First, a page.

ACCORD: Insulin exposure not an independent risk factor for CV mortality


Published June 28, 2013 at

Elias S. Siraj, MD, FACP, FACECHICAGO — Results from a post-hoc analysis suggest that higher insulin doses were not responsible for the increased CV mortality found in the ACCORD trial, a presenter said at the ADA Scientific Sessions.

Main results from ACCORD demonstrated an association between increased all-cause and CV mortality in patients assigned to intensive treatment for diabetes, but several post-hoc analyses have been unable to pinpoint the cause, according to Elias S. Siraj, MD, FACP, FACE, associate professor of medicine, director of the diabetes program and director of clinical endocrinology at Temple University School of Medicine.

Elias S. Siraj

“This presented the diabetes community with a huge puzzle that challenged us to figure out why we are seeing these results,” Siraj, who presented the data, said during a presentation.

Researchers have, however, identified a link between increased mortality and higher HbA1c in the intensive treatment arm, prompting Siraj and colleagues to hypothesize that higher doses of insulin in these patients may have contributed to increased CV mortality.

The researchers examined insulin exposure data in units/kg of body weight from 10,163 patients with a mean follow-up of 5 years. Data from an unadjusted univariate analysis implicated insulin exposure in the increased risk for CV mortality. HRs for all insulin, basal insulin and bolus insulin were 1. 83 (95% CI, 1. 45-2. 31), 2. 29 (95% CI, 1. 62-3. 23) and 3. 36 (95% CI, 2. 00-5. 66), respectively. However, after adjustment for 14 baseline characteristics, including age, history of CVD, complications of diabetes and baseline HbA1c, these associations were no longer statistically significant. HRs declined to 1. 21 (95% CI, 0. 92-1. 6) for all insulin, 1. Events chegg enrollment services insights chegg enrollment services student recruitment college homework help and retention services chegg. 3 (95% CI, 0. 87-1. 94) for basal insulin and 1. 65 (95% CI, 0. 88-3. 11) for bolus insulin, according to the study abstract.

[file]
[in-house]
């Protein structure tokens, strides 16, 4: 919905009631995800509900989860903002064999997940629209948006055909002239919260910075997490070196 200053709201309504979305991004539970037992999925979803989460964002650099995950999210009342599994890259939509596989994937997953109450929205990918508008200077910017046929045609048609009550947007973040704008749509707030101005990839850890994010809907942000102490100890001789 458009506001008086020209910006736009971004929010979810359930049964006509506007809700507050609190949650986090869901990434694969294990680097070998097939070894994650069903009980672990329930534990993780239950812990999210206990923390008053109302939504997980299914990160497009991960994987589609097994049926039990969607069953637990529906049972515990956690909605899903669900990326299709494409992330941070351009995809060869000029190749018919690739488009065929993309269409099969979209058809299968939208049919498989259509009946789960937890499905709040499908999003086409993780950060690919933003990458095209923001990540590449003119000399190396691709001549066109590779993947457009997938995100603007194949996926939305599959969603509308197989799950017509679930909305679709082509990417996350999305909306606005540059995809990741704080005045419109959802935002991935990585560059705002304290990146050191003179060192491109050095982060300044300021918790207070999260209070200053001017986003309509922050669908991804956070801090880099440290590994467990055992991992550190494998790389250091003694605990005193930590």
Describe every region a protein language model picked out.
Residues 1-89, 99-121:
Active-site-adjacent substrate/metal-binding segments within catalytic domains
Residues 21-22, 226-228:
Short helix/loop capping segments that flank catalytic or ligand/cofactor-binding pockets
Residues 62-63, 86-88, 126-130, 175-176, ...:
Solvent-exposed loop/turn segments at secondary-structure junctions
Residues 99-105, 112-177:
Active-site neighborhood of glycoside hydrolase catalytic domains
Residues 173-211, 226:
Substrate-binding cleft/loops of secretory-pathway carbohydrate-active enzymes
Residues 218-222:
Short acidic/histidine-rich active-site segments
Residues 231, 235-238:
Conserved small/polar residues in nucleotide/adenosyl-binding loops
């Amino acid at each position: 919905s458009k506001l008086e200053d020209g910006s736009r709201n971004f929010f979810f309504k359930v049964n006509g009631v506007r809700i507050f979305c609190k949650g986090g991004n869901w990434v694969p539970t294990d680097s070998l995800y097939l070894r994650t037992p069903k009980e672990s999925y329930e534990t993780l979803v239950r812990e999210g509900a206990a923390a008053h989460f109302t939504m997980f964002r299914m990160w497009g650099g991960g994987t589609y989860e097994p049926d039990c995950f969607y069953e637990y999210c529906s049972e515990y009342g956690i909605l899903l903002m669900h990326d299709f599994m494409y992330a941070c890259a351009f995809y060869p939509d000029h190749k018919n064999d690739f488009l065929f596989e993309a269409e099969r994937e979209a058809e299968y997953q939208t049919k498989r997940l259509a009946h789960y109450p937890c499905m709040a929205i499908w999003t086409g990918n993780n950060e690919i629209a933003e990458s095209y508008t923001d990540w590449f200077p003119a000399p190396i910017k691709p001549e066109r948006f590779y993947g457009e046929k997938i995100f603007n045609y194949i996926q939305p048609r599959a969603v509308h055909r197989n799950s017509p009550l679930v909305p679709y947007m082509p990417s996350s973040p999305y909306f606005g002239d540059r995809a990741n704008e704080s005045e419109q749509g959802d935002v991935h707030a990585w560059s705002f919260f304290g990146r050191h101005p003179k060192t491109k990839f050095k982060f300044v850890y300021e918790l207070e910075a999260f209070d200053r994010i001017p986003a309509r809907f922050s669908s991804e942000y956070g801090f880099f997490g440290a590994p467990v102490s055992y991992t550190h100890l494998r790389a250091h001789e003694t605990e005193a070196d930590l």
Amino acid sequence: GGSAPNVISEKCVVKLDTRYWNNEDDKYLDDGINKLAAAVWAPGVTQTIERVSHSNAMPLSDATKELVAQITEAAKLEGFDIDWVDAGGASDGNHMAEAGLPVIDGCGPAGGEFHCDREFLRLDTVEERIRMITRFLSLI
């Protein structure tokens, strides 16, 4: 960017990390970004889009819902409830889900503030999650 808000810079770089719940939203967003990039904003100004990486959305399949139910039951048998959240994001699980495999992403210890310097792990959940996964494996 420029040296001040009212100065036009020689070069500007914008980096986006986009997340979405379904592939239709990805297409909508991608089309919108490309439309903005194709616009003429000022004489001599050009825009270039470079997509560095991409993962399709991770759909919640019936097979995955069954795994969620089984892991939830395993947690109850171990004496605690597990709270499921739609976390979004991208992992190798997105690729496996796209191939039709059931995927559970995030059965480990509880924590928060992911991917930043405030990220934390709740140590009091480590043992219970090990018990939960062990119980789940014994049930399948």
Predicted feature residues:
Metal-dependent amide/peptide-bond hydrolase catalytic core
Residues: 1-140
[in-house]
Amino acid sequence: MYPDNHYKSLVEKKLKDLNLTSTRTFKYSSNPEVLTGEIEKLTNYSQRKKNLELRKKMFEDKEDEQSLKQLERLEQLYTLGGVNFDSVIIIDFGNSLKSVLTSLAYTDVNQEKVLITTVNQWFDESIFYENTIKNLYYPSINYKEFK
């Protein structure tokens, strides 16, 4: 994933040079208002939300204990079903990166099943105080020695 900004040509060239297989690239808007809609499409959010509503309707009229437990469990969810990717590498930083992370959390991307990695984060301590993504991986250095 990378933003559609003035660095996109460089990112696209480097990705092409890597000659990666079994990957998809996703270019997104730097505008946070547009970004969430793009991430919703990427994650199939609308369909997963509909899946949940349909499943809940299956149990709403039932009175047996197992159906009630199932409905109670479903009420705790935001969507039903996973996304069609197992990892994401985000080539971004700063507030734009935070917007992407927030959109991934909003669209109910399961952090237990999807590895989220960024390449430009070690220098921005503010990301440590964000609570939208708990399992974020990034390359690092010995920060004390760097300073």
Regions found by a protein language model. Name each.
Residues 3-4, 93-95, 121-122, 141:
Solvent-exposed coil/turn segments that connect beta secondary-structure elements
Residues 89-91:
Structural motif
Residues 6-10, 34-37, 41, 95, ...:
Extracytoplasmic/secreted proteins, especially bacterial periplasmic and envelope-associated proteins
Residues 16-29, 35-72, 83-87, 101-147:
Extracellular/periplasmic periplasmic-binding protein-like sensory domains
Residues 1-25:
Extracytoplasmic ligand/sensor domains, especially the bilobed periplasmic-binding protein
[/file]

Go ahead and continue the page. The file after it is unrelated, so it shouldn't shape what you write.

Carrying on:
Siraj reported that, consistent with prior analyses of all-cause mortality, higher HbA1c remained associated with higher CV mortality before (HR=1. 38; P< 0001) and after adjustment for baseline variables and insulin exposure (HR=1. 49; P< 0001).

“In conclusion, after adjustment for covariates, insulin dose was not associated with increased CV morality, and these results do not support the hypothesis that higher dose of insulin is an independent risk factor for CV mortality,” Siraj said. – by Melissa Foster

For more information:

Siraj ES. #386-OR. Presented at: ADA Scientific Sessions; June 21-25, 2013; Chicago.

Disclosure: Siraj reports receiving honoraria for speaking or consulting from Boehringer Ingelheim, Merck and Sanofi.